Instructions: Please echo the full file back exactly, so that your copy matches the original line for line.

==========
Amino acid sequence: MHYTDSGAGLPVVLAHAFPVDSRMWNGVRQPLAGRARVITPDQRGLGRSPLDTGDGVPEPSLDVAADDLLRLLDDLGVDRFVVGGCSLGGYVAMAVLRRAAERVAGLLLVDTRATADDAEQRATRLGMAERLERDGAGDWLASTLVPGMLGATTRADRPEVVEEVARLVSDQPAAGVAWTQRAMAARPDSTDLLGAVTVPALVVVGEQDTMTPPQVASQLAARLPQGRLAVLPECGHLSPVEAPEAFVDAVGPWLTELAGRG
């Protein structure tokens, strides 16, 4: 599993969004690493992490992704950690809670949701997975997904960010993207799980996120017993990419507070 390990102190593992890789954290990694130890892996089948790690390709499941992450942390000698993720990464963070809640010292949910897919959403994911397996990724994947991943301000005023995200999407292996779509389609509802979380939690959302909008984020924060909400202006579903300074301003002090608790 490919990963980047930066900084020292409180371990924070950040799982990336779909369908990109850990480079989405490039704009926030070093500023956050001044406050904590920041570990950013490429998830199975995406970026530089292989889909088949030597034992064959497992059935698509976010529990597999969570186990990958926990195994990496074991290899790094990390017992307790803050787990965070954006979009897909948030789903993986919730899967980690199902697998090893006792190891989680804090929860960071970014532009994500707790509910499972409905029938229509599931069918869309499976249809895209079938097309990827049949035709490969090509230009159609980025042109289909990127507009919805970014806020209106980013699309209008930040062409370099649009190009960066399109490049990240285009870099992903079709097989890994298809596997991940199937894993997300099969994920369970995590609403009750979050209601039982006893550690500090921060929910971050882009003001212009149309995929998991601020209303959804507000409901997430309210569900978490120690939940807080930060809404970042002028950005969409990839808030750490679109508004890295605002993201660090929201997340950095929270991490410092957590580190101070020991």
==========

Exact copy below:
Amino acid sequence: MHYTDSGAGLPVVLAHAFPVDSRMWNGVRQPLAGRARVITPDQRGLGRSPLDTGDGVPEPSLDVAADDLLRLLDDLGVDRFVVGGCSLGGYVAMAVLRRAAERVAGLLLVDTRATADDAEQRATRLGMAERLERDGAGDWLASTLVPGMLGATTRADRPEVVEEVARLVSDQPAAGVAWTQRAMAARPDSTDLLGAVTVPALVVVGEQDTMTPPQVASQLAARLPQGRLAVLPECGHLSPVEAPEAFVDAVGPWLTELAGRG
């Protein structure tokens, strides 16, 4: 599993969004690493992490992704950690809670949701997975997904960010993207799980996120017993990419507070 390990102190593992890789954290990694130890892996089948790690390709499941992450942390000698993720990464963070809640010292949910897919959403994911397996990724994947991943301000005023995200999407292996779509389609509802979380939690959302909008984020924060909400202006579903300074301003002090608790 490919990963980047930066900084020292409180371990924070950040799982990336779909369908990109850990480079989405490039704009926030070093500023956050001044406050904590920041570990950013490429998830199975995406970026530089292989889909088949030597034992064959497992059935698509976010529990597999969570186990990958926990195994990496074991290899790094990390017992307790803050787990965070954006979009897909948030789903993986919730899967980690199902697998090893006792190891989680804090929860960071970014532009994500707790509910499972409905029938229509599931069918869309499976249809895209079938097309990827049949035709490969090509230009159609980025042109289909990127507009919805970014806020209106980013699309209008930040062409370099649009190009960066399109490049990240285009870099992903079709097989890994298809596997991940199937894993997300099969994920369970995590609403009750979050209601039982006893550690500090921060929910971050882009003001212009149309995929998991601020209303959804507000409901997430309210569900978490120690939940807080930060809404970042002028950005969409990839808030750490679109508004890295605002993201660090929201997340950095929270991490410092957590580190101070020991």